September 12, 2015

Homily for the Twenty-Fourth Sunday in Ordinary Time, September 13, 2015, Year B

Fr. René J. Butler, M.S.
Director, La Salette Shrine
Enfield, NH

Get thee behind me, Satan, James Tissot
c 1890
(Click here for today’s readings)

An interesting phenomenon in modern times is how brand names have become verbs. In our computerized culture we google, we skype, we tweet. Long before that we were xeroxing.

What would it be like if we did the same with personal names? Take some of the more popular Bible names. If you were to say someone is “Ruthing” or “Samsoning,” anyone who knows the stories of Ruth or Samson would know exactly what that means. The same with recent popes: “Francising” and “Benedicting” and “John Pauling” would conjure up very specific and typical activities associated with each one. It’s a little like when we might say about a friend, “Oh, that’s just Pat being Pat.”

Try it with your own name. In my case, “René-ing” would, for those who know me, imply a whole range of behaviors and attitudes that might please some or annoy others, such as, for example, a somewhat formal manner of expressing myself even in ordinary conversation, or a certain slowness in my movements.

When Jesus asked “Who do people say that I am?” the disciples started out with names: John the Baptist, and Elijah. What he did was identified with what John or Elijah did, and so he was identified with who they were.

Now one of the disciples had actually worked out who Jesus must be. When Jesus asked, “Who do you say that I am?” Peter didn’t hesitate: “You are the Christ.” Based on that discovery, Peter also had worked out what Jesus would do and should do when he decided to lift that strange veil of secrecy and reveal himself to everyone—a whole range of behaviors that anyone awaiting the arrival of the Messiah could reasonably expect.

But Jesus seemed to have got it all wrong. Peter actually had to rebuke him and point out to him that being the Christ could have nothing to do with suffering, being rejected, or being killed. In a well-meaning and friendly way he wanted to put Jesus in his place, that is, in his rightful place of glory and honor, that everyone knew the Messiah would occupy. Isaiah’s “Suffering Servant,” in today’s first reading, was not yet understood to refer to the coming Savior of Israel and was certainly the farthest thing from Peter’s thoughts.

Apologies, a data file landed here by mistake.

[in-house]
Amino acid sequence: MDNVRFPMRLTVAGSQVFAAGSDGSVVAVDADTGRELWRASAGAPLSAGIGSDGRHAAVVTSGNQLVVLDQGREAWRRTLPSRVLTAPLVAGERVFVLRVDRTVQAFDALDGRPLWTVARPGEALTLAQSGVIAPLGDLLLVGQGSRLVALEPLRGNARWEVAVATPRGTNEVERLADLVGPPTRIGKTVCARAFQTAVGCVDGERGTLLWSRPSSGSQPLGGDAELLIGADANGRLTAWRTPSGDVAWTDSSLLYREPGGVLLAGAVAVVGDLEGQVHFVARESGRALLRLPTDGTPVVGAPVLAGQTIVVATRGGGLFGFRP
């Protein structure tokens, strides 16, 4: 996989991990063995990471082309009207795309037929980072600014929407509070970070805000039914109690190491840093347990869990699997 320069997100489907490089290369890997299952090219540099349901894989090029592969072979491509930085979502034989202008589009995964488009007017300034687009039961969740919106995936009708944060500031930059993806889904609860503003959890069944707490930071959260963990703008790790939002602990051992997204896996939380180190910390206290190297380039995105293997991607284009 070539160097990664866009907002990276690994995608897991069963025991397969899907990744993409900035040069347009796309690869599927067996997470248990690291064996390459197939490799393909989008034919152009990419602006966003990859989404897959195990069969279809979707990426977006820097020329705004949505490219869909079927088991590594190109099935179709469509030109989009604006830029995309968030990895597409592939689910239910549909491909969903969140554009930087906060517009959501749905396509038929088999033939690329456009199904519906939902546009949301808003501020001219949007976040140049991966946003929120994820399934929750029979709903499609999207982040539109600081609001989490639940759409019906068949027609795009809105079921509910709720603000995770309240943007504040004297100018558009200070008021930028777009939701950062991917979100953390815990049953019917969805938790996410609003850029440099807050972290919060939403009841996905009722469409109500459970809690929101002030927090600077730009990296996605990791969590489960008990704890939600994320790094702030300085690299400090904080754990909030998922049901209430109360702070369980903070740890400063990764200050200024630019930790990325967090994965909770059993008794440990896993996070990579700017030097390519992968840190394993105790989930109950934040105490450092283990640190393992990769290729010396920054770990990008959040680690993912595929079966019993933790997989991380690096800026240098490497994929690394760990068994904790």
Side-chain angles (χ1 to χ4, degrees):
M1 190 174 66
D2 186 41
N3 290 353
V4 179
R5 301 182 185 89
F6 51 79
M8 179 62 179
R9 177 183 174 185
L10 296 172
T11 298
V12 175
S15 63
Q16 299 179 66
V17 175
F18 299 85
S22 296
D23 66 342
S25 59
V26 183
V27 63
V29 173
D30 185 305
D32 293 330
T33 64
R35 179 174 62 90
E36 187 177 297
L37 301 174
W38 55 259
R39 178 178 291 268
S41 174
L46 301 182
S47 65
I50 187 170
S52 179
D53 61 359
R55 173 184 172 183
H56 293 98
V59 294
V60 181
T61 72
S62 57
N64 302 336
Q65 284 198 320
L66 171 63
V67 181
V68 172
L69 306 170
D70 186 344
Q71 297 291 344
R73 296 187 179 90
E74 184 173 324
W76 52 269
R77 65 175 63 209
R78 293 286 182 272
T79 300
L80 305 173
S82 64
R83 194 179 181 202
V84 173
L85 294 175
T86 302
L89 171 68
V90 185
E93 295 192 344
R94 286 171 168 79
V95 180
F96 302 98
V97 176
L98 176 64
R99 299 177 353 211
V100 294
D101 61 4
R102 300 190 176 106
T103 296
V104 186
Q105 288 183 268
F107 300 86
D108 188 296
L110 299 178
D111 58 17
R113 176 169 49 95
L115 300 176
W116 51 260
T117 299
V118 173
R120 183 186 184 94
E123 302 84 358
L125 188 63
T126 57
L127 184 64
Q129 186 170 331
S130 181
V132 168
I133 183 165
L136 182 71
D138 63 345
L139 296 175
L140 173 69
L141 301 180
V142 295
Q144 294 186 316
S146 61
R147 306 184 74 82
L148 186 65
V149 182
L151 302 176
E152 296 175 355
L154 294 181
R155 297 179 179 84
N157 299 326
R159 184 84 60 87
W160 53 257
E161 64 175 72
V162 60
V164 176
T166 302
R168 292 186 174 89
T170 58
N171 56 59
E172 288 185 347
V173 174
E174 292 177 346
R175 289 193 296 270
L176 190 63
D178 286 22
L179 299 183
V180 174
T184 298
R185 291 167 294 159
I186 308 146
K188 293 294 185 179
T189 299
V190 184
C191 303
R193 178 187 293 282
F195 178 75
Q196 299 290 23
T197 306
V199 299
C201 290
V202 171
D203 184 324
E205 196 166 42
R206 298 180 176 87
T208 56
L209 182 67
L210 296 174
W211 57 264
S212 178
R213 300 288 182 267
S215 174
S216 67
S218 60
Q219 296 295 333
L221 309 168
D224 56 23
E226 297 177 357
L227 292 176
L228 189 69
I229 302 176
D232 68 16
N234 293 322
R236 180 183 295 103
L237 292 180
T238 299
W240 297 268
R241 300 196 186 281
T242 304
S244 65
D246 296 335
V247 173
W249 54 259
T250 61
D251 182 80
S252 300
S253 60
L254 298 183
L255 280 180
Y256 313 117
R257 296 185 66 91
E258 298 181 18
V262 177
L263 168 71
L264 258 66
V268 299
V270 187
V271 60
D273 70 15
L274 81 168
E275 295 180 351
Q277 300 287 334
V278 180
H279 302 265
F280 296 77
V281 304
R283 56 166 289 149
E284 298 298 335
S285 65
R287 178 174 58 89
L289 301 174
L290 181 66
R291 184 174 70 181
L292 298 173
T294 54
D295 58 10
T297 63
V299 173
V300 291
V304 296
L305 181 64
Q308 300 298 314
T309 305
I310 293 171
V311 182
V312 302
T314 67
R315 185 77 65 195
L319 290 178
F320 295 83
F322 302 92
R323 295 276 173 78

Of course it was Peter who had got it all wrong, and Jesus rebuked him back. “You are thinking not as God does, but as human beings do.” This is a very near paraphrase of another text from Isaiah: “For my thoughts are not your thoughts, nor are your ways my ways... For as the heavens are higher than the earth, so are my ways higher than your ways, my thoughts higher than your thoughts.”

Eventually Peter got it right and, like Jesus, suffered and was rejected and was killed. He carried his cross. Not all Christians were called to follow that path, of course. They were meant to “be” Christ in other ways. That is the point of the challenging text from the Letter of James.

If you are a nurse, then you care for the sick. Nurses nurse.
If you are an explorer, then you discover new worlds. Explorers explore.
If you are a designer, then you create interesting things ranging from shoes to spaceships. Designers design.

So, if you are a believer, you accept certain teachings, you are a disciple of a certain Teacher. Believers believe. No?

Not so simple, my friend, says James. Believing isn’t an interior intellectual or spiritual exercise alone. It implies living by the teaching and after the example of the Teacher. In this case the Teacher, Jesus, was never known to respond to anyone’s need merely with pious words of encouragement, like “Go in peace (or, if you prefer the modern version, Goodbye and good luck), keep warm, and eat well.”

This dimension of faith has been forced upon public attention in very recent times. Just last Sunday, Pope Francis didn’t ask European Catholics simply to pray for refugees fleeing Syria. He was very specific and concrete: “I appeal to the parishes, religious communities, monasteries and shrines of Europe to express the concrete nature of the Gospel and take in one refugee family.” A sentence or two later he was even more emphatic: “Let every parish, every religious community, every monastery, every shrine in Europe take in one family, beginning with my own diocese of Rome.”

Taking up our cross and following Jesus implies helping others carry their cross as well. “Being Christ” to others is good, but if there were such a verb as “to christ,” we could say that “Christians christ.” Now there’s a verb for you, and I think we know exactly what it means.

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